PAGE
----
Italian Melton Wool
The history of Melton wool making goes back hundreds of years in England, Scotland and wales. Melton wool was first produced in the Lancashire town of Melton Mowbray. The town and surrounding areas became a hub for the popular wool production, which was used by people from all walks of life from necessities like blankets to luxuries like fitted coats.
The making of the wool itself is steeped in tradition. The long process it took to create lengths of high quality fabric took many workers to complete each batch. The wool is woven into a twill formation, then napped to raise the fibres then closely sheered to give a smooth finish. After the sheets of fabric were produced they then had to be turned into the dense, heavy wool Melton was so well known for. This laborious task was known as fulling which was made up of two main processes, scouring and thickening.
Scouring was the cleaning process; In Roman time’s urine was used to cleanse the cloth as the ammonia got rid of any grease, dirt and insects. Much later in medieval England a type of clay was used to de-grease and cleanse the cloth, this clay commonly known as fullers clay had large quantities of aluminium silicate which cut though the grime and was used in the washing process.
Teams of women would take a length of cloth and literally pound the fabric with their feet, hands or wooden clubs to compress the woollen fibres until a thick closely packed cloth is created. This process results in making the wool weatherproof against the harsher elements of our weather. Traditionally the fulling women would sing songs to keep up the rhythm of the work, starting slow as the first part was quite a chore, and speeding up the songs as the possess got easier. But just to make it more tricky, I was seen as bad luck if you aver repeated a song or a verse in each batch made, so hundreds of songs were created just for this ancient method of fulling!
Interesting fact; after the whole cleaning process was done, the wool had to be dried naturally and to prevent shrinking the cloth was placed on large frame called a tenter. The cloth was suspended and held in place with hooks to stretch the fabric until it dried. So when you describe being held in suspense and “waiting on tenterhooks”, this is where the originated from.
Ironically the two most iconic uses of Melton wool in the 18th and 19th century were items of clothing used by people on opposite ends of the class spectrum, but for the same reason, weatherproofing.
As much as it is frowned upon today, foxhunting is integrated into the upper class English history. The iconic frock coats worn whilst on horseback were, and still are traditionally made from Melton wool. The leaders of the hunt wore the deep dyed bright scarlet jackets which have become an iconic symbol of the hunting elite. When out riding in the countryside in the typical English unpredictable weather, a fabric was needed to protect from the cold, wind and showers so the thick Melton wool was ideal. The tailoring of the jacket was fitted to the wearer; this of course added extra cost to the coat along with the rich scarlet dying process.
On the other end of the spectrum, the working class men of England also needed to be weatherproofed, and for a good reason. A Large proportion of work available was outdoors. The population was growing, towns were spreading and houses, shops and factories needed to be built. The donkey jacket was designed for the working class man for practical outdoor work. The jacket was traditionally made from Melton wool with leather on the shoulders, this shoulder protection essential for when building materials were carried on their shoulders, protecting the fabric of the jacket and the wearer. The coat was not tailored to the wearer, the shape had to be loose to aid movement, luckily this one size fits all design kept the costs down and the black dye used was not quite as pricey as the bright scarlet.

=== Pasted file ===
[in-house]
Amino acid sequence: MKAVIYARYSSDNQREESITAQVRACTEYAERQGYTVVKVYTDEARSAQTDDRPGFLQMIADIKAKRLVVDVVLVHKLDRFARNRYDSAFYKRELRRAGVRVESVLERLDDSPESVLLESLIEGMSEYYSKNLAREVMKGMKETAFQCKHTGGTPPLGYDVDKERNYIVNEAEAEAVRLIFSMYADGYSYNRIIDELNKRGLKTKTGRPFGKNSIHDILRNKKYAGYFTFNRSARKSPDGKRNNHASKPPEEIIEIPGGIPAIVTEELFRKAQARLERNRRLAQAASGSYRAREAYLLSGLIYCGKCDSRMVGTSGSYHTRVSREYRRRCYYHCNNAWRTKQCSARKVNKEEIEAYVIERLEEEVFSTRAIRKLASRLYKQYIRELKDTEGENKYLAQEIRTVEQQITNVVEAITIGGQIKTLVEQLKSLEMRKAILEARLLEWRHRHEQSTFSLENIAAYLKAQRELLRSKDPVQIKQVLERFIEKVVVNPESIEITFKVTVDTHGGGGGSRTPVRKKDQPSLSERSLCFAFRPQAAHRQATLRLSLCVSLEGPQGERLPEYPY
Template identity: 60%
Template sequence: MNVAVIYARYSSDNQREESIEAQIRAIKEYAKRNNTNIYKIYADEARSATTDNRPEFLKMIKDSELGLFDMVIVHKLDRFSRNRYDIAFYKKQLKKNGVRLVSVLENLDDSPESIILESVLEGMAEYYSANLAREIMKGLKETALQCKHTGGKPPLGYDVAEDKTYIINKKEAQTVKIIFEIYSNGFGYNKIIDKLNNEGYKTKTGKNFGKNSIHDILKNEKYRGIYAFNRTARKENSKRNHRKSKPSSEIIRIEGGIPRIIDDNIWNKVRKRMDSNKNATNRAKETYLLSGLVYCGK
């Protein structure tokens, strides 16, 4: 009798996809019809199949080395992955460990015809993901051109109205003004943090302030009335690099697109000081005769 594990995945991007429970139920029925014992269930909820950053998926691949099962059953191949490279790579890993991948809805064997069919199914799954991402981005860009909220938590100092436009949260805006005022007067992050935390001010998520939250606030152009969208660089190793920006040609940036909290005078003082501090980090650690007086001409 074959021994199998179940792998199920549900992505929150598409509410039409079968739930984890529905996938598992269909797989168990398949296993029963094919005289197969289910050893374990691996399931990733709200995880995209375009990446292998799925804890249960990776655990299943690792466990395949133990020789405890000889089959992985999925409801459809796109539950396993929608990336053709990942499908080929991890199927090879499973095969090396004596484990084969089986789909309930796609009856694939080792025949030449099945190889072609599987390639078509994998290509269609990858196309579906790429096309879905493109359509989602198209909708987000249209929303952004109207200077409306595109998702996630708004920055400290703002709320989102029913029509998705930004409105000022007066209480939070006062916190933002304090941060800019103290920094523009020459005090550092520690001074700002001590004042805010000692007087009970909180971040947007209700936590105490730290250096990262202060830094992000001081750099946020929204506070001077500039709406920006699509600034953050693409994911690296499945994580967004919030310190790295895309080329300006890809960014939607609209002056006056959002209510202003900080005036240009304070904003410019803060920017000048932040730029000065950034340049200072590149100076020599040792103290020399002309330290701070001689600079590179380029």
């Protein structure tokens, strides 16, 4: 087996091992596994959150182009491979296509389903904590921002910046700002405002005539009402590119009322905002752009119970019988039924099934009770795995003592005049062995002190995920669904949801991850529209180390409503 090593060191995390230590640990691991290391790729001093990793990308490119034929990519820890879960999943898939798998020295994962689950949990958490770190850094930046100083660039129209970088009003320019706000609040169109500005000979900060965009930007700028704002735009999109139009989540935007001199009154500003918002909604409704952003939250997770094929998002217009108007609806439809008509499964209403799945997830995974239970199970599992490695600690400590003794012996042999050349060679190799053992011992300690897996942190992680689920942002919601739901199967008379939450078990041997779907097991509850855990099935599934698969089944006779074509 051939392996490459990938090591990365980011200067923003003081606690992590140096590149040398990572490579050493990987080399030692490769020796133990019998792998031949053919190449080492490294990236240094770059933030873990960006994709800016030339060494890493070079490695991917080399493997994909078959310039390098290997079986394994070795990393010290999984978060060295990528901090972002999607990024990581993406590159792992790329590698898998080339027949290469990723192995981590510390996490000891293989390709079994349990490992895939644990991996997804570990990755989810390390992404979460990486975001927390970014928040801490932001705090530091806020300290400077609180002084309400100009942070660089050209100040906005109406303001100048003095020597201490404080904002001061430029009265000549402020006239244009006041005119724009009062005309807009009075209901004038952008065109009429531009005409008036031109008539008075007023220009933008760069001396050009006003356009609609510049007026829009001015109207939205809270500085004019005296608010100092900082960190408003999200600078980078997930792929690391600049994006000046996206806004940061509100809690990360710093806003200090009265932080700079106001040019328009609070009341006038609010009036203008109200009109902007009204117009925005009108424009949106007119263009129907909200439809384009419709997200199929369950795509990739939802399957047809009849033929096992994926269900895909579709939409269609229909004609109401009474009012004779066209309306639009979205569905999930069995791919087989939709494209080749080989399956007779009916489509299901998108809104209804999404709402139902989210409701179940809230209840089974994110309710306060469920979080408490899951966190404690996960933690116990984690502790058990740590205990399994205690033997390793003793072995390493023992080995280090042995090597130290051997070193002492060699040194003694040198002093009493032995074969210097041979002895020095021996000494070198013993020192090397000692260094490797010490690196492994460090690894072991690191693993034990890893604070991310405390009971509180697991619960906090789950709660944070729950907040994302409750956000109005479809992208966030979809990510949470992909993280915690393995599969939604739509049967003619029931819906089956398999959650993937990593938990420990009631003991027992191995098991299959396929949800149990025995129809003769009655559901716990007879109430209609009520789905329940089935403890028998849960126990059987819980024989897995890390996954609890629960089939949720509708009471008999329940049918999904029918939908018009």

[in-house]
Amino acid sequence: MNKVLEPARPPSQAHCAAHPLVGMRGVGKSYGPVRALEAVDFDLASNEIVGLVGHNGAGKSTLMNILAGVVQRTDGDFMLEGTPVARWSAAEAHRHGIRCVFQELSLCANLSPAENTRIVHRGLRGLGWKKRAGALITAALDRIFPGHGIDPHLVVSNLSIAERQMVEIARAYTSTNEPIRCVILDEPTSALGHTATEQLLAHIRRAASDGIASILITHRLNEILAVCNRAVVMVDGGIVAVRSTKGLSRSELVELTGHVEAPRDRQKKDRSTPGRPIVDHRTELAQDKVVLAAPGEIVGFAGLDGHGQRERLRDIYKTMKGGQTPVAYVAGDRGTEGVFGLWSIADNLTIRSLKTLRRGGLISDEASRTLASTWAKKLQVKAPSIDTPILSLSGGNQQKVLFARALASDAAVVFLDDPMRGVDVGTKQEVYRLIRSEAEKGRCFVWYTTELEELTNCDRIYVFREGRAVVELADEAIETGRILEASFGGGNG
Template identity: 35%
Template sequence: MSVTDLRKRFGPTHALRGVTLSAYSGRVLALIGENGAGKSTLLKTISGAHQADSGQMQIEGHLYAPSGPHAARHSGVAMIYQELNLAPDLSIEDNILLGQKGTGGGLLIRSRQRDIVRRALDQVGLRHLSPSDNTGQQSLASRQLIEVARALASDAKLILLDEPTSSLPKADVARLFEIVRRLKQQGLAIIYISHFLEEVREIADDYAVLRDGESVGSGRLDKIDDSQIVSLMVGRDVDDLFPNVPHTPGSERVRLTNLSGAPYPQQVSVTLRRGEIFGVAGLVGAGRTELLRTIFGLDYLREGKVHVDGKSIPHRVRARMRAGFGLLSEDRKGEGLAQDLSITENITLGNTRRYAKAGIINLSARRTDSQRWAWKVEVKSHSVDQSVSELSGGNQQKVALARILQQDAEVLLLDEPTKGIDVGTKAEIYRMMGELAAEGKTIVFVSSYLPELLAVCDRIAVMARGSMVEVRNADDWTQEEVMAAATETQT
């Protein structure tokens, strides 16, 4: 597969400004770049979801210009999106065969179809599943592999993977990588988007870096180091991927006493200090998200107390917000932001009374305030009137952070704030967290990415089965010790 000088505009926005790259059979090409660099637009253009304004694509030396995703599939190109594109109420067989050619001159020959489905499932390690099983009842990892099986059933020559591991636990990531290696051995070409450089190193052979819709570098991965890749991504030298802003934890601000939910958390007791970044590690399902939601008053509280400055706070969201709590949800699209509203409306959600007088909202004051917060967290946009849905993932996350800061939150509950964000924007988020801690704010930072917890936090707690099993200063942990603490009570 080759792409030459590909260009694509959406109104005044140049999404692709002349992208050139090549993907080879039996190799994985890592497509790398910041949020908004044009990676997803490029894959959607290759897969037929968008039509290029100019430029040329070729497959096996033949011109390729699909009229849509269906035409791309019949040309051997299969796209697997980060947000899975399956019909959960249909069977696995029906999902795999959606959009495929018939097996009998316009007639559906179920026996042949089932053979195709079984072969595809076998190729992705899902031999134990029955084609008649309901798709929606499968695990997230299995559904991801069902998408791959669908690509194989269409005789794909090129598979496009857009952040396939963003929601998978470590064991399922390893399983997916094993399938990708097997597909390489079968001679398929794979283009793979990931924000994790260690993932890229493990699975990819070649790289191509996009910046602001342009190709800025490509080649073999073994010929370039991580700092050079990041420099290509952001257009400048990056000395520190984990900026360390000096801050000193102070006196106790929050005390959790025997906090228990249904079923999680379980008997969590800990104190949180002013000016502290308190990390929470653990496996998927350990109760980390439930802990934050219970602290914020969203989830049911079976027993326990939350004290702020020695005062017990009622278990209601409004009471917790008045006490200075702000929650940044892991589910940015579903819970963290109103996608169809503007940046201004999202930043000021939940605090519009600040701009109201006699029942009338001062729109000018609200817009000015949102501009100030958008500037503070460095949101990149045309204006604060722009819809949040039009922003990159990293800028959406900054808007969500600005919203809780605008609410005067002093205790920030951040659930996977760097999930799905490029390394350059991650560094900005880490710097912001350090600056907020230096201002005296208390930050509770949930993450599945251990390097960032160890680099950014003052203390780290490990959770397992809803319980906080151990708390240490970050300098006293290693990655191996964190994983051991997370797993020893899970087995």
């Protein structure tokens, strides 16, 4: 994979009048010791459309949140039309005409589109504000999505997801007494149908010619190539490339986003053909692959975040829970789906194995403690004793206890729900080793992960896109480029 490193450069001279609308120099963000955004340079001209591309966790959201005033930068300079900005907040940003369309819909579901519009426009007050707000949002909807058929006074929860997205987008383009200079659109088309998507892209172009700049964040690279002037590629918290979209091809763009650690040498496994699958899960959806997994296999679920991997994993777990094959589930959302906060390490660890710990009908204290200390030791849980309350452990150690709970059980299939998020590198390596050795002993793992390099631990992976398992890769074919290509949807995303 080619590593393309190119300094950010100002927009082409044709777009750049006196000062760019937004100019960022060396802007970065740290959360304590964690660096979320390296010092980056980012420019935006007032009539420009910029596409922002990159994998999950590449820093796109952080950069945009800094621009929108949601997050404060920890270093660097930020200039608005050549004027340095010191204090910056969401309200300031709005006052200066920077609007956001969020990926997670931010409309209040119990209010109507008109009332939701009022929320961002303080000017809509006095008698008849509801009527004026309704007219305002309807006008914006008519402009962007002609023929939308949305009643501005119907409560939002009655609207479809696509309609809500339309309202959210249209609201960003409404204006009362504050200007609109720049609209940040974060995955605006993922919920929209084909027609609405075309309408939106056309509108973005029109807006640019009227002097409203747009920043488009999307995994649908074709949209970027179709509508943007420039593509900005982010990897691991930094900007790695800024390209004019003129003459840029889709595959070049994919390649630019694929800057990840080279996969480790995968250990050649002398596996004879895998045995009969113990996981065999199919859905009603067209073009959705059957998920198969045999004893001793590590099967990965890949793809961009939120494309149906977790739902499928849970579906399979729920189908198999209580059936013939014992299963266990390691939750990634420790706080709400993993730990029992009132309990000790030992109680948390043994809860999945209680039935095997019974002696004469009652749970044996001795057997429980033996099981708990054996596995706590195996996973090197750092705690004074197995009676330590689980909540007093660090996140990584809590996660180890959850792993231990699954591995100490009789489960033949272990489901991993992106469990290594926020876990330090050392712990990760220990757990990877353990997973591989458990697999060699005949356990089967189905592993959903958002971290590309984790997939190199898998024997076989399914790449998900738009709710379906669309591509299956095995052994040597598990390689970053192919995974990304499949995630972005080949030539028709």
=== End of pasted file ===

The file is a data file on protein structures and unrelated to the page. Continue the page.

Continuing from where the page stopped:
Because of its weatherproofing qualities, Melton wool was also the go to fabric for many kinds of official military wear. From beautify crafted and decorative military wear in the 1600s and onwards to the sleeker minimalised modern version. Wool was used in the military uniforms of many different countries all throughout Europe and further afield, the tough durability teamed with its wear ability proved an ideal fabric for combat and formal wear and is still used today in uniforms worldwide.
The British Army, RAF and Royal Navy especially benefit from the weather proofing properties of Melton wool for their uniforms. The classic style of coat worn at sea called the “Pea coat” became so popular for its durability and its design that the contemporary fashion version has hardly changed and is still worn as a timeless classic.
The Italian Blend
The production of Melton wool gained popularity in Europe in the last century, particularly In Germany and Italy. In Italy the process of Melton wool has developed some of the highest quality fabrics for the fashion industry from thick durable wool used for overcoats and capes to fine lightweight wool used for skirts and trousers.
The wool produces can range in composition from 100% and lower, the very popular blends used for clothing are around 50% wool with an acrylic and polyester blend. The Italian Melton wool we stock here in Fabric UK comes straight from manufacturers in Italy with the composition of;
55% wool -30% polyester-10% acrylic
The classic shades of the Italian Melton wool are a collection of rich deep tones. Various cool tones of grey are available along with warm shades of brown and beige.
The stronger colours in the collection are rich berry reds and burgundy tones, classic deep navy blue, dark greens from olive to forest and even a brighter turquoise.
We have the new collection arriving from Italy very soon, when we get the new colours we will post new images of the collection ready for you to view and choose.